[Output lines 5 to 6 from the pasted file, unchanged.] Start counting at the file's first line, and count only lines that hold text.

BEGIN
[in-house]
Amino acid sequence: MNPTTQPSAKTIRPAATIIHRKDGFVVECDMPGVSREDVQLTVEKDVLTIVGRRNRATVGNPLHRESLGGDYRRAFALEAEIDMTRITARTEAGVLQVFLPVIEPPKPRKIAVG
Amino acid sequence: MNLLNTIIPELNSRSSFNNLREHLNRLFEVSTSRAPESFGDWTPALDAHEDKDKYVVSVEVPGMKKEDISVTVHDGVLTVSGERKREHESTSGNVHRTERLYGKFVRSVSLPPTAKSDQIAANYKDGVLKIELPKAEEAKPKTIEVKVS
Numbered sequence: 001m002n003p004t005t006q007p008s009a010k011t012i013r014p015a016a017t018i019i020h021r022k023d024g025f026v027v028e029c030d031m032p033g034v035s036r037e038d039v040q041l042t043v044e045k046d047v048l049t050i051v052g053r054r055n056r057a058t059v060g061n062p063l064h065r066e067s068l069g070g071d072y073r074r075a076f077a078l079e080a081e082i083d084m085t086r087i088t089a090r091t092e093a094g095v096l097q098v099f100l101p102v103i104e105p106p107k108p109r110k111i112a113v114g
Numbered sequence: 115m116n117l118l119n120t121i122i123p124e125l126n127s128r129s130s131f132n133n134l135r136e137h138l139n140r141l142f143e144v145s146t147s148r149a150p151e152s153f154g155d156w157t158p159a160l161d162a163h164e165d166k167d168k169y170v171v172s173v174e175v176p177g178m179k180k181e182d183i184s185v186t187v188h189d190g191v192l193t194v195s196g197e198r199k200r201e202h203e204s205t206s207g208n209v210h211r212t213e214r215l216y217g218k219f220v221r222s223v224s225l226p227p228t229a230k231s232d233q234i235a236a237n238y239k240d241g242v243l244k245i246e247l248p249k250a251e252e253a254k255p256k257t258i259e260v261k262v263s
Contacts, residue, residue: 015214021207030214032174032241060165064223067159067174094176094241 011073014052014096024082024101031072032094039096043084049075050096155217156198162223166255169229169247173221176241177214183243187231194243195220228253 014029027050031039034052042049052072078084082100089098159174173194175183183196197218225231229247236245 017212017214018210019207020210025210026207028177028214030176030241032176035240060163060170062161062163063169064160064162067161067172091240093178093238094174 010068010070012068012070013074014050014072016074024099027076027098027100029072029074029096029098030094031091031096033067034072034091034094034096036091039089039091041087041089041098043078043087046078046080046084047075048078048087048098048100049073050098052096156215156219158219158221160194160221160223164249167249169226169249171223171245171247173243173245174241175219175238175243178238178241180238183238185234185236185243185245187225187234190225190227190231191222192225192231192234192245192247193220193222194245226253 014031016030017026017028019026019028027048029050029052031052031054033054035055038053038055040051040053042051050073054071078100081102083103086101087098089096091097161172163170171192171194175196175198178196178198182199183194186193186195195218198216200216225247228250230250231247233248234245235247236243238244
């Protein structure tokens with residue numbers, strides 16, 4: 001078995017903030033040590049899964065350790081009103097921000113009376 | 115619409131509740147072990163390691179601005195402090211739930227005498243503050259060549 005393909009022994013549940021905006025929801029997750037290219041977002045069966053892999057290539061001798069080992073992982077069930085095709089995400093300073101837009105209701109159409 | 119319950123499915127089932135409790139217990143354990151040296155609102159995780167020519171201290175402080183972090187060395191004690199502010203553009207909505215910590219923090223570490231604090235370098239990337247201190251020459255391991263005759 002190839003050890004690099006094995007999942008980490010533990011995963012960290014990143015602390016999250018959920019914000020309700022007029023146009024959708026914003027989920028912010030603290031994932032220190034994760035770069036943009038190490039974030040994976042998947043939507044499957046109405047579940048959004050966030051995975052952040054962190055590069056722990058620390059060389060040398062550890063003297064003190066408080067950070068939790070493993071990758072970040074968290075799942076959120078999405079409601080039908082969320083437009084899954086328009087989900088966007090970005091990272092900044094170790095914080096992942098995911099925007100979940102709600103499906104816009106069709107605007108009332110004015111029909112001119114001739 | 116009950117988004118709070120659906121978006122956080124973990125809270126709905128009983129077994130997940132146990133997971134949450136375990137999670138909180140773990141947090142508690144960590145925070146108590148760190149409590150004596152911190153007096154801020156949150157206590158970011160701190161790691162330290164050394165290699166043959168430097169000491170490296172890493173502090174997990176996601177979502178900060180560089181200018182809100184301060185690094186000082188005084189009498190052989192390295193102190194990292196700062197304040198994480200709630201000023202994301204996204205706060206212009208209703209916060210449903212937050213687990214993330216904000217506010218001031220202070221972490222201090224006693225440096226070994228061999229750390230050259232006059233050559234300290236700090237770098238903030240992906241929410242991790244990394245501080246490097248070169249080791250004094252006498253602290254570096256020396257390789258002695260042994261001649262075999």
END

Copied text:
Numbered sequence: 115m116n117l118l119n120t121i122i123p124e125l126n127s128r129s130s131f132n133n134l135r136e137h138l139n140r141l142f143e144v145s146t147s148r149a150p151e152s153f154g155d156w157t158p159a160l161d162a163h164e165d166k167d168k169y170v171v172s173v174e175v176p177g178m179k180k181e182d183i184s185v186t187v188h189d190g191v192l193t194v195s196g197e198r199k200r201e202h203e204s205t206s207g208n209v210h211r212t213e214r215l216y217g218k219f220v221r222s223v224s225l226p227p228t229a230k231s232d233q234i235a236a237n238y239k240d241g242v243l244k245i246e247l248p249k250a251e252e253a254k255p256k257t258i259e260v261k262v263s
Contacts, residue, residue: 015214021207030214032174032241060165064223067159067174094176094241 011073014052014096024082024101031072032094039096043084049075050096155217156198162223166255169229169247173221176241177214183243187231194243195220228253 014029027050031039034052042049052072078084082100089098159174173194175183183196197218225231229247236245 017212017214018210019207020210025210026207028177028214030176030241032176035240060163060170062161062163063169064160064162067161067172091240093178093238094174 010068010070012068012070013074014050014072016074024099027076027098027100029072029074029096029098030094031091031096033067034072034091034094034096036091039089039091041087041089041098043078043087046078046080046084047075048078048087048098048100049073050098052096156215156219158219158221160194160221160223164249167249169226169249171223171245171247173243173245174241175219175238175243178238178241180238183238185234185236185243185245187225187234190225190227190231191222192225192231192234192245192247193220193222194245226253 014031016030017026017028019026019028027048029050029052031052031054033054035055038053038055040051040053042051050073054071078100081102083103086101087098089096091097161172163170171192171194175196175198178196178198182199183194186193186195195218198216200216225247228250230250231247233248234245235247236243238244